Why It Can Happen

While Mental illness is one of the more common causes, there are a lot of other reasons for auditory hallucinations.  Web MD  (2018) describes 11 different situations where auditory hallucinations might occur: 

1. Alcohol and Illegal Drugs. Heavy drinking and certain street drugs, like ecstasy and LSD, more often cause you to see things that aren’t there. But they can make you hear things, too, both as you use them and when you quit after you’ve used them a long time.

2. Alzheimer’s Disease and Other Types of Dementia. It’s the later stages of Alzheimer’s when people are more likely to hear things. A similar condition called Lewy body dementia can cause it, as well (but it’s more common for them to see things — visual hallucinations — than hear things with this type of dementia.)  For some people, the voices seem so real, they talk back to them. 

3. High Fevers and Infections. High Fevers and some infections, such as encephalitis and meningitis, cause auditory hallucinations, along with the other symptoms. 

4. Intense StressSerious stress, as might occur after going through something traumatic, can cause hallucinations. It’s especially common to hear the voice of a loved one after their recent death.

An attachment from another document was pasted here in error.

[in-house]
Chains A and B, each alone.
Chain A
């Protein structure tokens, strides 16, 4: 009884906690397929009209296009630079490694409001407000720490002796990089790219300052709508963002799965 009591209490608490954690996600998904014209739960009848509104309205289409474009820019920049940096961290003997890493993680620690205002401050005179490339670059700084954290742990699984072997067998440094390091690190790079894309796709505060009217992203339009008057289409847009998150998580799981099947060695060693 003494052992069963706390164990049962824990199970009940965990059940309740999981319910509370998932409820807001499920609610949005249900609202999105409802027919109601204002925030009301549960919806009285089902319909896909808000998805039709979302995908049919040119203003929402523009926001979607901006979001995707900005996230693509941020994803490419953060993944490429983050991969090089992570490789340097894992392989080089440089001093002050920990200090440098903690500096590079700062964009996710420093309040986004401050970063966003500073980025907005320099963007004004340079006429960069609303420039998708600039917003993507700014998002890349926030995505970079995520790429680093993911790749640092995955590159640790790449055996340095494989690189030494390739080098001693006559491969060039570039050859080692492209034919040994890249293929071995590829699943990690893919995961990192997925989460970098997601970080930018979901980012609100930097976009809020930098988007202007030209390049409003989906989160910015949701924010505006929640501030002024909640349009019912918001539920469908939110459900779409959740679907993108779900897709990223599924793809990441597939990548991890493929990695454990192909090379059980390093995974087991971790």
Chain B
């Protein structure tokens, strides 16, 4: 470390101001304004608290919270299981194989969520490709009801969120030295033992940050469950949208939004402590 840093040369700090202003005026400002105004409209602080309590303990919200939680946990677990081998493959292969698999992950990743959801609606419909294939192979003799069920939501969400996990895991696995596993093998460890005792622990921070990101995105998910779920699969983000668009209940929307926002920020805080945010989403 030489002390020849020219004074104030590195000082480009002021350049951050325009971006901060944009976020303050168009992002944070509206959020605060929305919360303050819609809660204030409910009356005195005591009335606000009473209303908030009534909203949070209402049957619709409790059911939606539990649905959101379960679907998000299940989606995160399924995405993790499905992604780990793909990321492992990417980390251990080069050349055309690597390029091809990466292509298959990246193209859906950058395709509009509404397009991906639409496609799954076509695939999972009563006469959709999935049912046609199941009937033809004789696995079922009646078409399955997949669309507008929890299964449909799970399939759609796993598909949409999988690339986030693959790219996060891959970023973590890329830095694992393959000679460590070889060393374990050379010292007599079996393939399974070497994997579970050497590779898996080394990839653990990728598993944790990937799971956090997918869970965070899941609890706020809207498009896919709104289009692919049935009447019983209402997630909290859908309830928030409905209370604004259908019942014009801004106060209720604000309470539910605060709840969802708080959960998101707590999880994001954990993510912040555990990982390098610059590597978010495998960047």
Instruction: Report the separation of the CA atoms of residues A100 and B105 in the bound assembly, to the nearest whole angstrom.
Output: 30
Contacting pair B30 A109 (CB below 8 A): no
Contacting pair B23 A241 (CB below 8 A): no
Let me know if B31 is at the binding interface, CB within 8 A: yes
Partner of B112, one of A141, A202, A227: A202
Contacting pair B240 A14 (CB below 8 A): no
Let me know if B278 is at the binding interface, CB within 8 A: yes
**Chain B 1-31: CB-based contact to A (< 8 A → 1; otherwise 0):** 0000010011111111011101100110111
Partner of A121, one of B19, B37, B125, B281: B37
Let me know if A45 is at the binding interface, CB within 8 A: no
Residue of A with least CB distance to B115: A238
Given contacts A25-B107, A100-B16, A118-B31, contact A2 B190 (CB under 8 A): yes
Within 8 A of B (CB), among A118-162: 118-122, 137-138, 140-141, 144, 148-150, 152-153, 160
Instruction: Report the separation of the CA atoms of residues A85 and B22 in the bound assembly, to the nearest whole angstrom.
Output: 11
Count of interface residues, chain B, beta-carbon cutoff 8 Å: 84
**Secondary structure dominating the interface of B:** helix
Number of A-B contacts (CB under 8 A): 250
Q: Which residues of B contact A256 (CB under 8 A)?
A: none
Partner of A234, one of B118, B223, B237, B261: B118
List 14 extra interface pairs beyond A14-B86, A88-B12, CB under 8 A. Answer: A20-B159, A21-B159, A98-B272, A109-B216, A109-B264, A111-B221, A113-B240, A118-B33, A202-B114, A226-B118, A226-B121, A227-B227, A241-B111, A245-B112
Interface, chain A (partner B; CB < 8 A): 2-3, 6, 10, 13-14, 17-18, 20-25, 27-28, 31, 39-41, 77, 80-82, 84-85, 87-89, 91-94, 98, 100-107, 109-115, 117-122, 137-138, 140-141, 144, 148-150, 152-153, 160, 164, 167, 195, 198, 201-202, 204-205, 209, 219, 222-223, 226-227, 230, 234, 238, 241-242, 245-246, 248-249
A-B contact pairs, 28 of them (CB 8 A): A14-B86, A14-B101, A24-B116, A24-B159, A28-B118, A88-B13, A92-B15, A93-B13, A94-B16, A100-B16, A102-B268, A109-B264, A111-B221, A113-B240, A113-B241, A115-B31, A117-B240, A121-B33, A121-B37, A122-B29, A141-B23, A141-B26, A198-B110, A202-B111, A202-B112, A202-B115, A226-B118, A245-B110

5. Mental illness. Hearing voices is very common with schizophrenia. The voices may come from inside the head or outside, like from the TV.  These voices often argue with the person, tell them what to do, or just describe what’s happening.  It can sometimes happen with other mental illnesses as well, including:

6. Migraines. Often, if you get migraines with auras, you see things. But some people hear things instead. Usually, it’s voices. And that may be more likely if you also have depression.

7. Parkinson’s Disease. It’s more likely that a patient would have visual hallucinations  with Parkinson’s, but in some cases, these patients hear things from the scenes they are seeing.

8. Side Effects of Medicine. If patients begin to hear things once they start a new medicine or their physician puts them on a higher dose of something already taken, that change could be the reason for auditory hallucinations. This concern most often affects older adults as they take more medications than those that re younger, and the possibility of these auditory hallucinations get more likely the more medicines you take.

9. Sleep issues. It is rather common to hear a sound just as you fall asleep or wake up but it is usually not an issue for a physician consultation.  If patients fall asleep randomly (narcolepsy) or have a hard time falling asleep (insomnia), auditory hallucinations are more likely.

10. Thyroid disease. Myxedema is a rare condition where the thyroid is not making enough hormone and your these levels get dangerously low. It’s a life-threatening condition that can also make cause auditory hallucinations.  

11. Tinnitus. Physicians do not think of typical ringing or hissing tinnitus as a hallucination, however tinnitus can raise the risk for auditory hallucinations.   It may be more likely if the tinnitus is combined with depression.